In a recent study published in the American Chemical Society’s Environmental Science and Technology Letters, scientists found 10 times more microplastic in babies’ feces than in adults’. Researchers discovered this in a pilot study that involved sifting through infants’ used diapers. The researchers established that each gram of infant poop contains an average of 36,000 nanograms of polyethylene terephthalate (PET).
PET is one of the most common polymers. Often called polyester in the clothing industry, it is also used in making plastic bottles. Previously, studies have indicated that plastic formula bottles shed off microplastics that children may swallow. A paper published last October in Nature revealed that plastic formula bottles could feed babies millions of microplastics per day, or almost a billion microplastics per year.
The surprising finding was that adults excrete fewer microplastics compared to babies. Researchers have several ideas as to why this might be the case. For instance, babies drink directly from plastic bottles. Secondly, babies put plenty of plastic products in their mouths, including toys and clothes.
In many cases, baby food is wrapped in single-use plastics that may also shed off a significant amount of microplastic. Besides clothing and feeding, babies also crawl on surfaces, some of which are made of polymers that shed microplastics.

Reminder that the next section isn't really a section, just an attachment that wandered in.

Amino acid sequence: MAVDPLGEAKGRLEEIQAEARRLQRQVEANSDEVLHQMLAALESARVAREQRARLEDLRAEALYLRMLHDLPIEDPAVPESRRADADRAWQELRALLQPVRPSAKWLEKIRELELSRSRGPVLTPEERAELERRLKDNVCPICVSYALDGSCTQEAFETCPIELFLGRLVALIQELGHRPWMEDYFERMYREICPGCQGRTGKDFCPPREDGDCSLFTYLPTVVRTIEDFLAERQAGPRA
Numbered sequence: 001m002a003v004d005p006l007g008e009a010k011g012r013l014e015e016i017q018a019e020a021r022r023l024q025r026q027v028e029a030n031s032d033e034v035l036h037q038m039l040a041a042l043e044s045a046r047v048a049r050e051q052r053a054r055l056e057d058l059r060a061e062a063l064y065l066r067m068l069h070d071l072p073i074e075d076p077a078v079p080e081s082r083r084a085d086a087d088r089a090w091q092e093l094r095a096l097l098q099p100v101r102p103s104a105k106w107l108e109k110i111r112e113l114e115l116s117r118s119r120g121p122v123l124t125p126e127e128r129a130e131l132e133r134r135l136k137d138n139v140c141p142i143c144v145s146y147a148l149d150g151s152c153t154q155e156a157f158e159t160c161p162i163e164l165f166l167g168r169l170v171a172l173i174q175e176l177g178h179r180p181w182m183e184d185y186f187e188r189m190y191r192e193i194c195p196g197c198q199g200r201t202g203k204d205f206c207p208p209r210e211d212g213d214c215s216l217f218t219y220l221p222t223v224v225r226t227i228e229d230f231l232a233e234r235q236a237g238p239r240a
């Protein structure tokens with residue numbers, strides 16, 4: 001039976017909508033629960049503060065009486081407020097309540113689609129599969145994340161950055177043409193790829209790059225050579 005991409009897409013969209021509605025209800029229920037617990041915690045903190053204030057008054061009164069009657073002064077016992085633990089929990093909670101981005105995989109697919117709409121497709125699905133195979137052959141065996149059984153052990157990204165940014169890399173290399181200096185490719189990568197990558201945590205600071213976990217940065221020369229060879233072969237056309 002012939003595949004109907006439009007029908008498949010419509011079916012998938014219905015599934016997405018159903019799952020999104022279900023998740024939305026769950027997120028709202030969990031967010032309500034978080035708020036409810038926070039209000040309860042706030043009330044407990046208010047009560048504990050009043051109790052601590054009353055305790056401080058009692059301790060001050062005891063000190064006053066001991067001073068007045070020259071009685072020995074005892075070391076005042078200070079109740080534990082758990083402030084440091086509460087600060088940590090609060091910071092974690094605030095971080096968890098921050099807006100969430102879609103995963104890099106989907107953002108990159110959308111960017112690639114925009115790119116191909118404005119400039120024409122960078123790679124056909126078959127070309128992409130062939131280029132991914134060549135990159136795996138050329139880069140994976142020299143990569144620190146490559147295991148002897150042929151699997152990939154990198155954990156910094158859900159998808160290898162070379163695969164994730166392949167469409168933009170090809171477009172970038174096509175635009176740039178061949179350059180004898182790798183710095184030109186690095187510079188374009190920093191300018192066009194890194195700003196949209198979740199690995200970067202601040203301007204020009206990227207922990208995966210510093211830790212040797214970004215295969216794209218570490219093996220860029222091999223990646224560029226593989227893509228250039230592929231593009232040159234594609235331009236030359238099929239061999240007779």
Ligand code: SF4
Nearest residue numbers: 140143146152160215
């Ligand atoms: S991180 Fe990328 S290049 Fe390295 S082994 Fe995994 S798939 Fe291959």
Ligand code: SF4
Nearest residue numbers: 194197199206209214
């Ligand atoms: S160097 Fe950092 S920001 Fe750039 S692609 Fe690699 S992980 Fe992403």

Kurunthachalam Kannan, an environmental health scientist at New York University School of Medicine and one of the study’s authors, said, “Unfortunately, with the modern lifestyle, babies are exposed to so many different things for which we don’t know what kind of effect they can have later in their life.”
The researchers arrived at the results by collecting dirty diapers from six 1-year-olds and running the feces through filters to trap microplastics. They did the same with samples of a newborn’s first feces and still found some microplastics in the waste. For the adults, 10 stool samples were used and revealed that microplastic levels in adult feces were much lower than those in infants’ stool.
These findings raise questions over the health threats children face. Although the health effects of microplastics aren’t fully understood yet, studies show that some of the chemicals used in plastic manufacturing are harmful to human health. A study done by researchers at ETH Zürich in Switzerland found that plastics contain over 10,000 chemicals, a quarter of which are potentially harmful.
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